The management of electronically stored information (ESI) created and/ or stored on a company’s computers presents challenges, when such data is in a foreign language. And I am not talking about the challenges related to foreign language translation of the electronically stored information during discovery, also known as foreign language e-Discovery.
Rather, I’m talking about the decision to either preserve or erase multilingual ESI on a work-owned computer, which can have significant legal consequences for both the employer and the employee, if the need to produce foreign language evidence later were to come up in litigation.
In the situation of the employer, most often issues arise because an employer decides to preserve various multilingual data on a computer. However, under Rule 34 of the Federal Rules of Civil Procedure all data contained on the computer, irrespective of the language (English or a foreign language), is likely to be discoverable. For example, if the data in question is in the form of a personal email written in a foreign language and sent from a work computer, this can still fall within the auspices of the e-Discovery rules. The demanding side can have the evidence translated by a foreign language translator per the Rules of Evidence.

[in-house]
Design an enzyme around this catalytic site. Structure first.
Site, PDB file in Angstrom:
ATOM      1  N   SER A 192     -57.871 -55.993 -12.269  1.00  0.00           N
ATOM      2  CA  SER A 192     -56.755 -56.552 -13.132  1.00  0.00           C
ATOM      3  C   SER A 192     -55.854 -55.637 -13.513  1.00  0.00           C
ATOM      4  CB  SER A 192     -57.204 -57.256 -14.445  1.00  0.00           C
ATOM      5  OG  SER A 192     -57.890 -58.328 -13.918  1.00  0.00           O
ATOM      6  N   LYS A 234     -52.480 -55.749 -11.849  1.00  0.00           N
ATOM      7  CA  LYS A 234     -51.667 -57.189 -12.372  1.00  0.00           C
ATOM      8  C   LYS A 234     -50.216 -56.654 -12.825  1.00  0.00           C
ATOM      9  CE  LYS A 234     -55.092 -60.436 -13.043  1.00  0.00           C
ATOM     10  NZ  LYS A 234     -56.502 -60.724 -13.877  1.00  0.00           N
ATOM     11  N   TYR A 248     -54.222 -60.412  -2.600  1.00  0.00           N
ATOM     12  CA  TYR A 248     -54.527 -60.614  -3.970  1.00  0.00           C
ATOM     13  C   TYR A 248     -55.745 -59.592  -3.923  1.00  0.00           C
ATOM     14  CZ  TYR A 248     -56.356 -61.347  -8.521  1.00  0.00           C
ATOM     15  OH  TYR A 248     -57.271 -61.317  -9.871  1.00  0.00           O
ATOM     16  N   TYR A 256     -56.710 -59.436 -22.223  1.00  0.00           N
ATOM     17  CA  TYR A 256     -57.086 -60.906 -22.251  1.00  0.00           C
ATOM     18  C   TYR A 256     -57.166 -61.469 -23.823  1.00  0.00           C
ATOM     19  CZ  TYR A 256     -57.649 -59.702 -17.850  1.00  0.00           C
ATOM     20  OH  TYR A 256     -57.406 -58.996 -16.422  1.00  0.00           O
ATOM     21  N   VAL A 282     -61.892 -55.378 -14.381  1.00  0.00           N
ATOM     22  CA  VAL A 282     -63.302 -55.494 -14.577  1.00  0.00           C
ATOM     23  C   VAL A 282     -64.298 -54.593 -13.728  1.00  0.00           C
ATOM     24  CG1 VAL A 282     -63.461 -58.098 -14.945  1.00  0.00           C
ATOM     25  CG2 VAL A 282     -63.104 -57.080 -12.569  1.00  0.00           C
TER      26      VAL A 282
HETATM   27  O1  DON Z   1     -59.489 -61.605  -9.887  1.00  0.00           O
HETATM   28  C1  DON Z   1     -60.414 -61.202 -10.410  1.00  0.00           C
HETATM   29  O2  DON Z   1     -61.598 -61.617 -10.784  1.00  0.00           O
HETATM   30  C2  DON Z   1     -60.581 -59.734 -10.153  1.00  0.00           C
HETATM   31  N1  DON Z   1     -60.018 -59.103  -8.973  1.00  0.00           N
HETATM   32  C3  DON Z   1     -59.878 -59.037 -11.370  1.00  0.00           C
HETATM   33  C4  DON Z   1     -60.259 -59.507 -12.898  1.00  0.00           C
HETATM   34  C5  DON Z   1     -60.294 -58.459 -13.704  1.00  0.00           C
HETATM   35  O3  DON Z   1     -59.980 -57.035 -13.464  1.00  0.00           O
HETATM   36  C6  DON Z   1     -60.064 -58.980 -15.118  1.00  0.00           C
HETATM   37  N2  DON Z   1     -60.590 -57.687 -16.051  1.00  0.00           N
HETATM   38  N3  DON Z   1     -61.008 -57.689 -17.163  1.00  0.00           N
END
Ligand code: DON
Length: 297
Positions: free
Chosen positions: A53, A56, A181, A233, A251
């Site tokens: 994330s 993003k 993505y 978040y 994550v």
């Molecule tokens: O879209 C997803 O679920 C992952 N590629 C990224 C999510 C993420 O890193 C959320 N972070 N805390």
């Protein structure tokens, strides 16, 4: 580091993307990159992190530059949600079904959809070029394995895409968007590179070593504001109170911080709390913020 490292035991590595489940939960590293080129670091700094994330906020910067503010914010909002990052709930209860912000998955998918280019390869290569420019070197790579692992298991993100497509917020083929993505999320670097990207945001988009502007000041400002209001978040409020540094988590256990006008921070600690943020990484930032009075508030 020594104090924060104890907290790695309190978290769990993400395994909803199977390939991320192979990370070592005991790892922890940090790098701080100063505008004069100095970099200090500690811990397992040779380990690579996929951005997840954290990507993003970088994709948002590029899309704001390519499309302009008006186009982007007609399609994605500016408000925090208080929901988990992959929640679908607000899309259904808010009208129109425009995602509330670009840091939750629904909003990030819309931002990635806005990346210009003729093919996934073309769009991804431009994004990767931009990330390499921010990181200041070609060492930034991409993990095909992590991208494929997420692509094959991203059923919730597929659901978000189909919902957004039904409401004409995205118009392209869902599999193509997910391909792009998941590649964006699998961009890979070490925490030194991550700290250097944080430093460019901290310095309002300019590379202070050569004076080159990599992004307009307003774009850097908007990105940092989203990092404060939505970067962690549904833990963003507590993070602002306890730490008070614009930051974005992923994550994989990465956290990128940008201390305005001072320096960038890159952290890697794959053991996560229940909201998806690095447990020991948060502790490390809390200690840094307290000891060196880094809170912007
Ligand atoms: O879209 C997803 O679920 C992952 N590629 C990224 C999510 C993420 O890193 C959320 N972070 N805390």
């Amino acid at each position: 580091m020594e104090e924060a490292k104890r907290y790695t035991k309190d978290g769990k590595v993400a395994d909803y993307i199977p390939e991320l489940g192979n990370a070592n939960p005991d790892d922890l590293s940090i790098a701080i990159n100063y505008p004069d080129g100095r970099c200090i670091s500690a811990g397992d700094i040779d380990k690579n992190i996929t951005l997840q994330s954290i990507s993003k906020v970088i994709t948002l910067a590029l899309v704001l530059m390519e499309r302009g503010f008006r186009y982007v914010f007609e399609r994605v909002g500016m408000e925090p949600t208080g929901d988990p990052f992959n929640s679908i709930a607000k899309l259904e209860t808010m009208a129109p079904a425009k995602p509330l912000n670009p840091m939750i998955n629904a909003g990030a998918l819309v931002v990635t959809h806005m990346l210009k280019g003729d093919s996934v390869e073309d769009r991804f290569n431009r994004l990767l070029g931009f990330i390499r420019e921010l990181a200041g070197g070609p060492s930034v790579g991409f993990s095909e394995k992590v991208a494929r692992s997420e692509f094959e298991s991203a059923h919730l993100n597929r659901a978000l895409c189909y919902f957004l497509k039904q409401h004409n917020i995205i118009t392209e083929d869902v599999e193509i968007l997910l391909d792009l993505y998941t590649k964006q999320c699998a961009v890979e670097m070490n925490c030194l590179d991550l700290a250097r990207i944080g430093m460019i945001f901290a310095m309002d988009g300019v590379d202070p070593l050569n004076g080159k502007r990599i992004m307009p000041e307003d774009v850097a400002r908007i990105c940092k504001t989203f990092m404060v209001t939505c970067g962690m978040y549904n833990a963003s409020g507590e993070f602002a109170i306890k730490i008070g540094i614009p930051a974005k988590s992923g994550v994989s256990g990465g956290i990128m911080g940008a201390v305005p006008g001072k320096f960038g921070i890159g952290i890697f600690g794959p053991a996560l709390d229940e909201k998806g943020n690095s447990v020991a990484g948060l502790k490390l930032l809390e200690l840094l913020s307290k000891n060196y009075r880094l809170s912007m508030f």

On the other side is the employee who, after being terminated, may decide to erase foreign language data from a work computer. On one hand, this erased evidence is most likely recoverable and, regardless of whether it is personal in nature or work-related, will be translated by a foreign language translator and submitted as evidence. On the other hand, if the data is actually erased, the employee can be held liable per the Computer Fraud and Abuse Act. See International Airport Centers v. Citrin, 440 F.2d 418 (7th Cir. 2006).
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